An oft-cited early modern application of the principle was John Snow's 1854 removal of the handle of a water pump in Broad Street, London, in order to prevent a cholera outbreak from the infected well. (At the time, the science on the spread of cholera through contaminated water was not yet conclusive.) The German Duke of Wuerttemberg and Teck had as early as 1778 banned the use of lead pipes for drinking water, 200 years before the solidly scientifically grounded WHO guidelines on the the toxicity of lead. ) The application of the principle can be seen in the public policy of requiring pharmaceutical companies to carry out clinical trials to show that new drugs are safe, as well as effective.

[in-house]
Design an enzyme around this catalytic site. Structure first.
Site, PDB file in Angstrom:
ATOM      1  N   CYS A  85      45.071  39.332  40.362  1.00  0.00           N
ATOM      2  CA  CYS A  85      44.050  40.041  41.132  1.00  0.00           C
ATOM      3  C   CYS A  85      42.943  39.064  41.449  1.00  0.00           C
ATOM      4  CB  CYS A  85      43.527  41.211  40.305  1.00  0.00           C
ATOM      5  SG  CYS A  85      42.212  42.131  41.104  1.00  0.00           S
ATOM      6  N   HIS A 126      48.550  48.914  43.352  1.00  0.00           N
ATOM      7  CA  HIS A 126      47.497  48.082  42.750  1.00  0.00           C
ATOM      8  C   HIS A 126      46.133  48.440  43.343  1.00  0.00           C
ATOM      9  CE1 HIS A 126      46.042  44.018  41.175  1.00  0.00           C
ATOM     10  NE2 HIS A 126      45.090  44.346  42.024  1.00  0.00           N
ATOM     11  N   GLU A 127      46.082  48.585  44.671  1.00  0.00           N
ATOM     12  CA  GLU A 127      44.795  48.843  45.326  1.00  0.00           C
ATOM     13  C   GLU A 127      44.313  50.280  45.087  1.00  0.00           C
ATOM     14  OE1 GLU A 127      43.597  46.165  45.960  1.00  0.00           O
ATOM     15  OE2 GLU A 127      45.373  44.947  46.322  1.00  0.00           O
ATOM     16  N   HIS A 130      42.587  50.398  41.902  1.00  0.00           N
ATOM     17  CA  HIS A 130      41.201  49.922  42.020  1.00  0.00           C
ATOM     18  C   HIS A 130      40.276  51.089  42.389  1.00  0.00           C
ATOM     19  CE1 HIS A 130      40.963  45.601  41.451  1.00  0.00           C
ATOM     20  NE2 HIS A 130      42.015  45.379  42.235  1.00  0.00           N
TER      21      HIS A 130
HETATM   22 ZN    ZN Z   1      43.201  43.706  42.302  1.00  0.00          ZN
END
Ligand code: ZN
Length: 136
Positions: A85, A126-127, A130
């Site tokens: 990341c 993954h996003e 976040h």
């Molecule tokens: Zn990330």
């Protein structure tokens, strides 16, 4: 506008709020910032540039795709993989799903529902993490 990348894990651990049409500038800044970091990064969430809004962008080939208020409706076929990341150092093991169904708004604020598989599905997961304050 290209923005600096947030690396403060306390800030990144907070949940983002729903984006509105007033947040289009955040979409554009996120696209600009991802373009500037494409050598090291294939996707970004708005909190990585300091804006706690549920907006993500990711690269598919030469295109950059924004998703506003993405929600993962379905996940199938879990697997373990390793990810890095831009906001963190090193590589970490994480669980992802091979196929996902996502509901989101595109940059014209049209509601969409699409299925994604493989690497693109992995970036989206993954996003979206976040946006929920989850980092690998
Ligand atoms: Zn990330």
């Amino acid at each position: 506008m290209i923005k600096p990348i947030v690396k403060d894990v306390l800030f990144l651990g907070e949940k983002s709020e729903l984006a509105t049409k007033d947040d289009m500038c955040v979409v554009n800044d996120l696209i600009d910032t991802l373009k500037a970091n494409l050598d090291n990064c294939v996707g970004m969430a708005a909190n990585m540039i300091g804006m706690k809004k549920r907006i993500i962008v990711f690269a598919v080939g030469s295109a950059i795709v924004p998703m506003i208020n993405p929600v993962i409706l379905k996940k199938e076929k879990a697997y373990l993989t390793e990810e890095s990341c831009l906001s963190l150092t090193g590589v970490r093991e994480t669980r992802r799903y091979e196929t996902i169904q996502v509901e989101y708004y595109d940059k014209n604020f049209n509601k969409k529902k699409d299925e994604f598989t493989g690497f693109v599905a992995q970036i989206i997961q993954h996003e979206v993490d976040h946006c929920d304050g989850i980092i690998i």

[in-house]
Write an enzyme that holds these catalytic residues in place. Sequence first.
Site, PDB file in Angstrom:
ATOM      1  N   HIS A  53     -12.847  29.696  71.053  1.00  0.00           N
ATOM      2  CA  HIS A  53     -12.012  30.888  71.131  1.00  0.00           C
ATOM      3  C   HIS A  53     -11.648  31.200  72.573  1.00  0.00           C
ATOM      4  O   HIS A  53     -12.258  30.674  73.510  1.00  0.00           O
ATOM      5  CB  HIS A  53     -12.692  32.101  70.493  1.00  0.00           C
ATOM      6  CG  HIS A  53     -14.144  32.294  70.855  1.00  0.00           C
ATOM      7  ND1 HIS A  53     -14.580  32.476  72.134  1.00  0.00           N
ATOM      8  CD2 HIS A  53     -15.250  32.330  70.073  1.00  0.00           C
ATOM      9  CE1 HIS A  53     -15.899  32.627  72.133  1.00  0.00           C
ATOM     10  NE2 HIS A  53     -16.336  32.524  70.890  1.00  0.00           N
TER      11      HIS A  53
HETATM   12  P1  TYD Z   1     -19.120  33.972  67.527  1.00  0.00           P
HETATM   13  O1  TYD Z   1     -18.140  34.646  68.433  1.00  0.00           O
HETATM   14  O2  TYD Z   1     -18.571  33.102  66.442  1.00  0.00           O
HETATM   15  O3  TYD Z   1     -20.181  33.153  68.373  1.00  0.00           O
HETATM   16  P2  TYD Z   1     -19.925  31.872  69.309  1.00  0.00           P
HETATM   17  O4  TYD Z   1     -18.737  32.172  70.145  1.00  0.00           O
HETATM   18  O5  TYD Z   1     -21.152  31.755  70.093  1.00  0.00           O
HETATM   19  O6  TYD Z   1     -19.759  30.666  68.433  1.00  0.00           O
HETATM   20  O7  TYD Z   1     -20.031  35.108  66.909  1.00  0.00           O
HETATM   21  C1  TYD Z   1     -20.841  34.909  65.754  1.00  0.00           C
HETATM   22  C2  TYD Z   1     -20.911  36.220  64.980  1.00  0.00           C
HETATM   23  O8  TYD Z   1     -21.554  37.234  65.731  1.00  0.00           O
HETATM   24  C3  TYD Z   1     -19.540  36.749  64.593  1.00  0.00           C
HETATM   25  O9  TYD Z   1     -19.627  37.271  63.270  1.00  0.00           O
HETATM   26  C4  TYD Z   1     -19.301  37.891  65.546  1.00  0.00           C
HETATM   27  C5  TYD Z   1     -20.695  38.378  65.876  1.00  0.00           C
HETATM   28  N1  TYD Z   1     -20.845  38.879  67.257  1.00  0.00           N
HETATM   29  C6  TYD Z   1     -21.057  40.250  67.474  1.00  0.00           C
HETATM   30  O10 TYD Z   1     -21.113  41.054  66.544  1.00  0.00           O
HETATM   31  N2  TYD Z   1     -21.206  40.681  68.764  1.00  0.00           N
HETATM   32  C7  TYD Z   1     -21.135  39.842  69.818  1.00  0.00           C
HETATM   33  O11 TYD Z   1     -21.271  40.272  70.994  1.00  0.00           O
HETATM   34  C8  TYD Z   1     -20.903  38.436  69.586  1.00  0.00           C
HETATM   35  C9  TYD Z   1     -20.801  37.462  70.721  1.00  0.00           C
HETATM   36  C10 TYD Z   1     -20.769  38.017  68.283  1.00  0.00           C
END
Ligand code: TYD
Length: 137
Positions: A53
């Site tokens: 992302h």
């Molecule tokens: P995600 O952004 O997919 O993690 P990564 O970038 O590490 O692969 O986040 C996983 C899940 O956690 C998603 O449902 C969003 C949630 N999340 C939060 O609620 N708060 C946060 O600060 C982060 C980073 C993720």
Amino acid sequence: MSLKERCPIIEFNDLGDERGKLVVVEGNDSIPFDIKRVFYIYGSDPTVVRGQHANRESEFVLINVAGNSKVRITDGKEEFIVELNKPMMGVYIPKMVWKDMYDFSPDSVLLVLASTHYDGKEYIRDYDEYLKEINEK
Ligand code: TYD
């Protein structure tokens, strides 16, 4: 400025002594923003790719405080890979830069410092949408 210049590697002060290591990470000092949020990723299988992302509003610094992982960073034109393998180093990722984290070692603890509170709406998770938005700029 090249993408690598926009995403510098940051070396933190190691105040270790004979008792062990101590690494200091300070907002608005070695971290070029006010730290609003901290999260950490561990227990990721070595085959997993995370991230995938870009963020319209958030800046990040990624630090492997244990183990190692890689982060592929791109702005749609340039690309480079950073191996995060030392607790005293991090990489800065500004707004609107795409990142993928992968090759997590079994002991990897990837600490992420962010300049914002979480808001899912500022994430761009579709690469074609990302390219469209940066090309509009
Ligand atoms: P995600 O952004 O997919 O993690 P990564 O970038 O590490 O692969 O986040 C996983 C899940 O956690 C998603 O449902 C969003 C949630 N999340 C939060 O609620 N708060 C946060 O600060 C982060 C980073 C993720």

Proponents argue that in such situations, rational decision-making requires caution, in a generalisation of a maxim (falsely attributed to the Hippocratic oath, as pointed out by Phoenix and Treder) , of "first, do no harm". Critics may argue that such a principle, while correctly applied by a doctor who may have a significant effect an individual patient's life or death, should not be applied to broader policy making that can limit freedom and personal choice.